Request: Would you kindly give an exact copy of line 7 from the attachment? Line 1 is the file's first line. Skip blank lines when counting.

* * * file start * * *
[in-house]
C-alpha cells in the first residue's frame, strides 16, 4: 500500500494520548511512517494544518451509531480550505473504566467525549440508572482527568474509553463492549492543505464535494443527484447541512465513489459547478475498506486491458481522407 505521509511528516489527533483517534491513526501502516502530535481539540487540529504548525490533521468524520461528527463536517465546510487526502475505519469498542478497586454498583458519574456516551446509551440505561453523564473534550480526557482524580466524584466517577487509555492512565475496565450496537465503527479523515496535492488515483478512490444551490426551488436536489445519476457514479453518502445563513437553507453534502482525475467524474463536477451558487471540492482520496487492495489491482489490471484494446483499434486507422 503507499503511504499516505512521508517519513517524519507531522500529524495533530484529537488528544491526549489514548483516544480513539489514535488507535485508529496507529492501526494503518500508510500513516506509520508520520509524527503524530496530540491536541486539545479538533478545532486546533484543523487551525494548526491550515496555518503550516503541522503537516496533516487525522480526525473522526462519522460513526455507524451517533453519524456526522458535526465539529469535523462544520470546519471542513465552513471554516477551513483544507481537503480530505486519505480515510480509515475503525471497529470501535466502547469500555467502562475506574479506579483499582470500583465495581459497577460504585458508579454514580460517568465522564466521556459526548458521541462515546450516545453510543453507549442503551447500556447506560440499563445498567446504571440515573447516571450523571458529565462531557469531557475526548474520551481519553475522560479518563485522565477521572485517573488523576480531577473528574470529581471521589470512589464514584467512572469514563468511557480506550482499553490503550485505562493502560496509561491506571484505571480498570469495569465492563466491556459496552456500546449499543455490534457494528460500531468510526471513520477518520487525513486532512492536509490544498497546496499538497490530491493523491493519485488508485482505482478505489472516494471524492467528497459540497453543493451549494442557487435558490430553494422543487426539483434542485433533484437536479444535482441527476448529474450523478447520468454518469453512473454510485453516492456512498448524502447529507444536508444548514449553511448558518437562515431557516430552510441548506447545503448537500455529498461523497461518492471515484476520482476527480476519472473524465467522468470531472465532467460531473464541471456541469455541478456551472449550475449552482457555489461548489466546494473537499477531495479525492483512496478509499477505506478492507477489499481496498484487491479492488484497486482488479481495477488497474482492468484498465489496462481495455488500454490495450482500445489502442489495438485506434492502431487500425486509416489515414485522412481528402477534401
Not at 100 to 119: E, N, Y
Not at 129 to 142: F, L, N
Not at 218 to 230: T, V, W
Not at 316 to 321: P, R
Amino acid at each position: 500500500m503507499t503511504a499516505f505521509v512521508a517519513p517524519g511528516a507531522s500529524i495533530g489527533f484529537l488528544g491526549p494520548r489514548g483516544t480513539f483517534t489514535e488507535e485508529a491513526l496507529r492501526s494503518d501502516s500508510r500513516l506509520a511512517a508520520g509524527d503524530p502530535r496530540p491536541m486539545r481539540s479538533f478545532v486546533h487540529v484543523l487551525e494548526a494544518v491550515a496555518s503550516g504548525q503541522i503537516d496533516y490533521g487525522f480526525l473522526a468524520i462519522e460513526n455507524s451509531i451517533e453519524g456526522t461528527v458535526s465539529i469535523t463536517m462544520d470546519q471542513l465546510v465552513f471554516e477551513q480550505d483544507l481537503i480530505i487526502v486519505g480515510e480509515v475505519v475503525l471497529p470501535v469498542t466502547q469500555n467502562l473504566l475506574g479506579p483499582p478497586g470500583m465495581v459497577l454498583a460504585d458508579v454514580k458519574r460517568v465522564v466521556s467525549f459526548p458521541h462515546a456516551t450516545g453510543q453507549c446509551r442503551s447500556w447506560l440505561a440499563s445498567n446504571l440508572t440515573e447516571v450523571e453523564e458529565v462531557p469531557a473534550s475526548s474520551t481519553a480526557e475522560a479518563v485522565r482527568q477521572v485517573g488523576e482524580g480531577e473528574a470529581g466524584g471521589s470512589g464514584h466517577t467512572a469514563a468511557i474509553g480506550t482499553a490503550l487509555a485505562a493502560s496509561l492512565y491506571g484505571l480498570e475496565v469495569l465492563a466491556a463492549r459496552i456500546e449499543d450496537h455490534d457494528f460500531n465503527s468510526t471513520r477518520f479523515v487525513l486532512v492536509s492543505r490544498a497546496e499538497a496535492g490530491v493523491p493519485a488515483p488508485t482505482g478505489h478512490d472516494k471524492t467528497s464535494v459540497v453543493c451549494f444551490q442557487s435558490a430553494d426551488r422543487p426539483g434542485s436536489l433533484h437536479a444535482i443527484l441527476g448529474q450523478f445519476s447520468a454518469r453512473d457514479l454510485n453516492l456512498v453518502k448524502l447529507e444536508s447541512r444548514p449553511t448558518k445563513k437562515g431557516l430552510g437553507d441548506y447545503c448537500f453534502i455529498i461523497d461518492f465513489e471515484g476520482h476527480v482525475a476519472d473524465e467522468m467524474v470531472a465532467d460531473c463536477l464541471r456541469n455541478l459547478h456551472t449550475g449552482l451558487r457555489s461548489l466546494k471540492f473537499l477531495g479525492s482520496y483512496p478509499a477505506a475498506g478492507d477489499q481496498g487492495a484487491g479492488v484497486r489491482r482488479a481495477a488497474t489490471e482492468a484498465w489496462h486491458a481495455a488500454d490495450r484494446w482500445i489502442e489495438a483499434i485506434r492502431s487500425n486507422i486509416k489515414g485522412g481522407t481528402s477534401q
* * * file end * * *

Amino acid at each position: 500500500m503507499t503511504a499516505f505521509v512521508a517519513p517524519g511528516a507531522s500529524i495533530g489527533f484529537l488528544g491526549p494520548r489514548g483516544t480513539f483517534t489514535e488507535e485508529a491513526l496507529r492501526s494503518d501502516s500508510r500513516l506509520a511512517a508520520g509524527d503524530p502530535r496530540p491536541m486539545r481539540s479538533f478545532v486546533h487540529v484543523l487551525e494548526a494544518v491550515a496555518s503550516g504548525q503541522i503537516d496533516y490533521g487525522f480526525l473522526a468524520i462519522e460513526n455507524s451509531i451517533e453519524g456526522t461528527v458535526s465539529i469535523t463536517m462544520d470546519q471542513l465546510v465552513f471554516e477551513q480550505d483544507l481537503i480530505i487526502v486519505g480515510e480509515v475505519v475503525l471497529p470501535v469498542t466502547q469500555n467502562l473504566l475506574g479506579p483499582p478497586g470500583m465495581v459497577l454498583a460504585d458508579v454514580k458519574r460517568v465522564v466521556s467525549f459526548p458521541h462515546a456516551t450516545g453510543q453507549c446509551r442503551s447500556w447506560l440505561a440499563s445498567n446504571l440508572t440515573e447516571v450523571e453523564e458529565v462531557p469531557a473534550s475526548s474520551t481519553a480526557e475522560a479518563v485522565r482527568q477521572v485517573g488523576e482524580g480531577e473528574a470529581g466524584g471521589s470512589g464514584h466517577t467512572a469514563a468511557i474509553g480506550t482499553a490503550l487509555a485505562a493502560s496509561l492512565y491506571g484505571l480498570e475496565v469495569l465492563a466491556a463492549r459496552i456500546e449499543d450496537h455490534d457494528f460500531n465503527s468510526t471513520r477518520f479523515v487525513l486532512v492536509s492543505r490544498a497546496e499538497a496535492g490530491v493523491p493519485a488515483p488508485t482505482g478505489h478512490d472516494k471524492t467528497s464535494v459540497v453543493c451549494f444551490q442557487s435558490a430553494d426551488r422543487p426539483g434542485s436536489l433533484h437536479a444535482i443527484l441527476g448529474q450523478f445519476s447520468a454518469r453512473d457514479l454510485n453516492l456512498v453518502k448524502l447529507e444536508s447541512r444548514p449553511t448558518k445563513k437562515g431557516l430552510g437553507d441548506y447545503c448537500f453534502i455529498i461523497d461518492f465513489e471515484g476520482h476527480v482525475a476519472d473524465e467522468m467524474v470531472a465532467d460531473c463536477l464541471r456541469n455541478l459547478h456551472t449550475g449552482l451558487r457555489s461548489l466546494k471540492f473537499l477531495g479525492s482520496y483512496p478509499a477505506a475498506g478492507d477489499q481496498g487492495a484487491g479492488v484497486r489491482r482488479a481495477a488497474t489490471e482492468a484498465w489496462h486491458a481495455a488500454d490495450r484494446w482500445i489502442e489495438a483499434i485506434r492502431s487500425n486507422i486509416k489515414g485522412g481522407t481528402s477534401q